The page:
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Book Review

Working With Families in Medical Settings:A Multidisciplinary Guide for Psychiatrists and Other Health Professionals

Marcia Slomowitz, MD, MSc

Published: March 25, 2015

Working With Families in Medical Settings:A Multidisciplinary Guide for Psychiatrists and Other Health Professionals

edited by Alison M. Heru, MD. Routledge, New York, NY, 2013, 249 pages, $140.00 (hardback), $54.95 (paper).

Working With Families in Medical Settings is a gem of a book. It is the rare guide that has useful and practical suggestions that are truly helpful to the psychiatrist, other physicians, nurses, and social workers who work on an inpatient medical unit. Ultimately, it is patients and their caregivers who are the beneficiaries.

The book is organized into 3 parts, Family Theory and Research, Involvement of the Family in the Health Care System, and Family Systems Assessment and Intervention. The editor provides an overview of each of the parts at the beginning of the book. At the start of a new part, each chapter is described. At the top of the first page to each chapter, bullet points delineate the critical points per chapter. Hence, the book is easy to navigate.

Even though each chapter is written by a different author, the writing is clear throughout. Ideally, one will want to read the book from beginning to end, but specific chapters can picked out and read in their entirety.

The editor’s goal in publishing the book, to help clinicians provide optimum care to patients and families, is relevant to this current time in health care. One of her goals, which she meets admirably, is to show how to structure interventions in different settings. In the chapter “Behavioral Interventions for Disruptive Family Situations in the General Medical Setting,” the author addresses the use of a behavior care plan. She describes in detail 4 problematic cases and the development of specific care plans for each case. From these case examples, the reader has a framework for providing good patient care while addressing difficult family situations.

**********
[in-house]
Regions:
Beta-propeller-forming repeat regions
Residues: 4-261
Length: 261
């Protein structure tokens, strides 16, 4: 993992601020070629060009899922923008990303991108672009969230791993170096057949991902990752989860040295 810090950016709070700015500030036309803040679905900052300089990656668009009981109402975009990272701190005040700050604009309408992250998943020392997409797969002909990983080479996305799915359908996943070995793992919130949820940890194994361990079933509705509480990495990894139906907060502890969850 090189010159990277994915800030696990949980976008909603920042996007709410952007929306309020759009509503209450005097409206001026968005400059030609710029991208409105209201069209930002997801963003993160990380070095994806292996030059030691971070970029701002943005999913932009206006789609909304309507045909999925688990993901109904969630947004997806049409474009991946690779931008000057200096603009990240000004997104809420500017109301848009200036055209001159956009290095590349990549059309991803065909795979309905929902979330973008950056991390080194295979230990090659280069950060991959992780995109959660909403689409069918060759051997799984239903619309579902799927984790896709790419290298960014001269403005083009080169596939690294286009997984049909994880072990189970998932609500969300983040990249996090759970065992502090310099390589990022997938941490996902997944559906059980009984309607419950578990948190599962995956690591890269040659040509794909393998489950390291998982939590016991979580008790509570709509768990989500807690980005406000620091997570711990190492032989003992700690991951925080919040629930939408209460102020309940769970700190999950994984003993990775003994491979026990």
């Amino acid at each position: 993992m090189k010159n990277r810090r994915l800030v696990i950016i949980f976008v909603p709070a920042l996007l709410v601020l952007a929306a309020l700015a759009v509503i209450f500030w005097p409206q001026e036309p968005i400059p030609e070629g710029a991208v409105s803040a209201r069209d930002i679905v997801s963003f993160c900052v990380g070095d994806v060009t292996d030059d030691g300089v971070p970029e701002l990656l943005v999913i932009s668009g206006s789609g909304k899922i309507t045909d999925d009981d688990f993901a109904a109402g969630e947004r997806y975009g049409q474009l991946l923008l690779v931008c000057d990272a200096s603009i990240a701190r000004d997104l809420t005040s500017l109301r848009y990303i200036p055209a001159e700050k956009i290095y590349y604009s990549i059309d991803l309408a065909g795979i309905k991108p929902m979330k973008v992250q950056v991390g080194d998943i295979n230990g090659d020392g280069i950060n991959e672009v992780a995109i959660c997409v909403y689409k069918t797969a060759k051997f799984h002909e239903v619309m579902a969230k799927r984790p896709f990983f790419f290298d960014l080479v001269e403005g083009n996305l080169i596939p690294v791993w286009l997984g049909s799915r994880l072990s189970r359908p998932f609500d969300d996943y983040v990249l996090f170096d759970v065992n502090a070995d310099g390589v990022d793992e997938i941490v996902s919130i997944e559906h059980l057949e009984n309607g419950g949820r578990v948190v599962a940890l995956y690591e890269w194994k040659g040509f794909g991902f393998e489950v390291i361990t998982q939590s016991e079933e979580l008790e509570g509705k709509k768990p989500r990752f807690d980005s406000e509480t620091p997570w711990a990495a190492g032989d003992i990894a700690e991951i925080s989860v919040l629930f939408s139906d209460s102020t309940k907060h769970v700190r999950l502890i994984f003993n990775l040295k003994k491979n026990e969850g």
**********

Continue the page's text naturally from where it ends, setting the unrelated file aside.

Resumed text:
The chapter titled “The Caregiver’s Perspective” is equally informative. Caregiving for children, adolescents, spouses, the elderly, and patients with terminal illness is discussed. The author also provides clinical practice guidelines for conducting family meetings in palliative care. Again, readers will find helpful the many practical strategies offered in this chapter.

This guide provides an invaluable resource for practitioners in the medical setting. The appendix contains rating scales for caregiver experience and coping with illness and a Global Assessment of Relational Functioning. The appendix also has a selection of books and articles relating to parenting with life-threatening illness. Additionally, each chapter has its own references, which are comprehensive and up to date.

In summary, Working With Families in Medical Settings: A Multidisciplinary Guide for Psychiatrists and Other Health Professionals should be on the shelf of educators, psychiatrists, and health care providers in the medical setting. Particularly in this time of complicated decision-making, understanding and implementing tools from the book will make the tasks easier and better for the patient and family.

Marcia Slomowitz, MD, MSc

Author affiliations: Northwestern University Feinberg School of Medicine, Chicago, Illinois.

Potential conflicts of interest: None reported.

Volume: 76

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